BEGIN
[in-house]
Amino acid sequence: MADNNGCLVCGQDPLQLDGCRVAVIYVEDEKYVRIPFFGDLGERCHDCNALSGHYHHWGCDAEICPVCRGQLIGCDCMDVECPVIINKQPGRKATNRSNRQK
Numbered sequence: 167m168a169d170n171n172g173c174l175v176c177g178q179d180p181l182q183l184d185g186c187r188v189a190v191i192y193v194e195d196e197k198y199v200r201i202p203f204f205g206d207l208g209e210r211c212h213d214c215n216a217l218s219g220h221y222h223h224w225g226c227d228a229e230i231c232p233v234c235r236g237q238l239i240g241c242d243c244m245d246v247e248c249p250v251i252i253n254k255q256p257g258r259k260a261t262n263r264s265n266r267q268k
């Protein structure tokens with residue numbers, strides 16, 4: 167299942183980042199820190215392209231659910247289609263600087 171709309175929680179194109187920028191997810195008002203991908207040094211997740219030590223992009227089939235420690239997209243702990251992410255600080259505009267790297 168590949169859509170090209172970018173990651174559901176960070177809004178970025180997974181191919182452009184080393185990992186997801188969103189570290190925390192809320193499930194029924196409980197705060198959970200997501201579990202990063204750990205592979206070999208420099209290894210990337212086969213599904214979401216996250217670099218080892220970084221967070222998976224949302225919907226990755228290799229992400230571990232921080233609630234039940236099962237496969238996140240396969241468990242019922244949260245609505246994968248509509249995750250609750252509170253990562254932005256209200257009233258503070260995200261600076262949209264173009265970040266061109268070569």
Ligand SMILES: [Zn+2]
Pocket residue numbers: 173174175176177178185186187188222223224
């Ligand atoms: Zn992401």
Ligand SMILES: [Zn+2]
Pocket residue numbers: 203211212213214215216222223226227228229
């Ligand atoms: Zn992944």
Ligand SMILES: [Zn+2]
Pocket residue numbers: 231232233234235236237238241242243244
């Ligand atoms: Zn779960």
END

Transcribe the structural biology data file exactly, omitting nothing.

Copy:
[in-house]
Amino acid sequence: MADNNGCLVCGQDPLQLDGCRVAVIYVEDEKYVRIPFFGDLGERCHDCNALSGHYHHWGCDAEICPVCRGQLIGCDCMDVECPVIINKQPGRKATNRSNRQK
Numbered sequence: 167m168a169d170n171n172g173c174l175v176c177g178q179d180p181l182q183l184d185g186c187r188v189a190v191i192y193v194e195d196e197k198y199v200r201i202p203f204f205g206d207l208g209e210r211c212h213d214c215n216a217l218s219g220h221y222h223h224w225g226c227d228a229e230i231c232p233v234c235r236g237q238l239i240g241c242d243c244m245d246v247e248c249p250v251i252i253n254k255q256p257g258r259k260a261t262n263r264s265n266r267q268k
């Protein structure tokens with residue numbers, strides 16, 4: 167299942183980042199820190215392209231659910247289609263600087 171709309175929680179194109187920028191997810195008002203991908207040094211997740219030590223992009227089939235420690239997209243702990251992410255600080259505009267790297 168590949169859509170090209172970018173990651174559901176960070177809004178970025180997974181191919182452009184080393185990992186997801188969103189570290190925390192809320193499930194029924196409980197705060198959970200997501201579990202990063204750990205592979206070999208420099209290894210990337212086969213599904214979401216996250217670099218080892220970084221967070222998976224949302225919907226990755228290799229992400230571990232921080233609630234039940236099962237496969238996140240396969241468990242019922244949260245609505246994968248509509249995750250609750252509170253990562254932005256209200257009233258503070260995200261600076262949209264173009265970040266061109268070569």
Ligand SMILES: [Zn+2]
Pocket residue numbers: 173174175176177178185186187188222223224
């Ligand atoms: Zn992401």
Ligand SMILES: [Zn+2]
Pocket residue numbers: 203211212213214215216222223226227228229
């Ligand atoms: Zn992944």
Ligand SMILES: [Zn+2]
Pocket residue numbers: 231232233234235236237238241242243244
């Ligand atoms: Zn779960």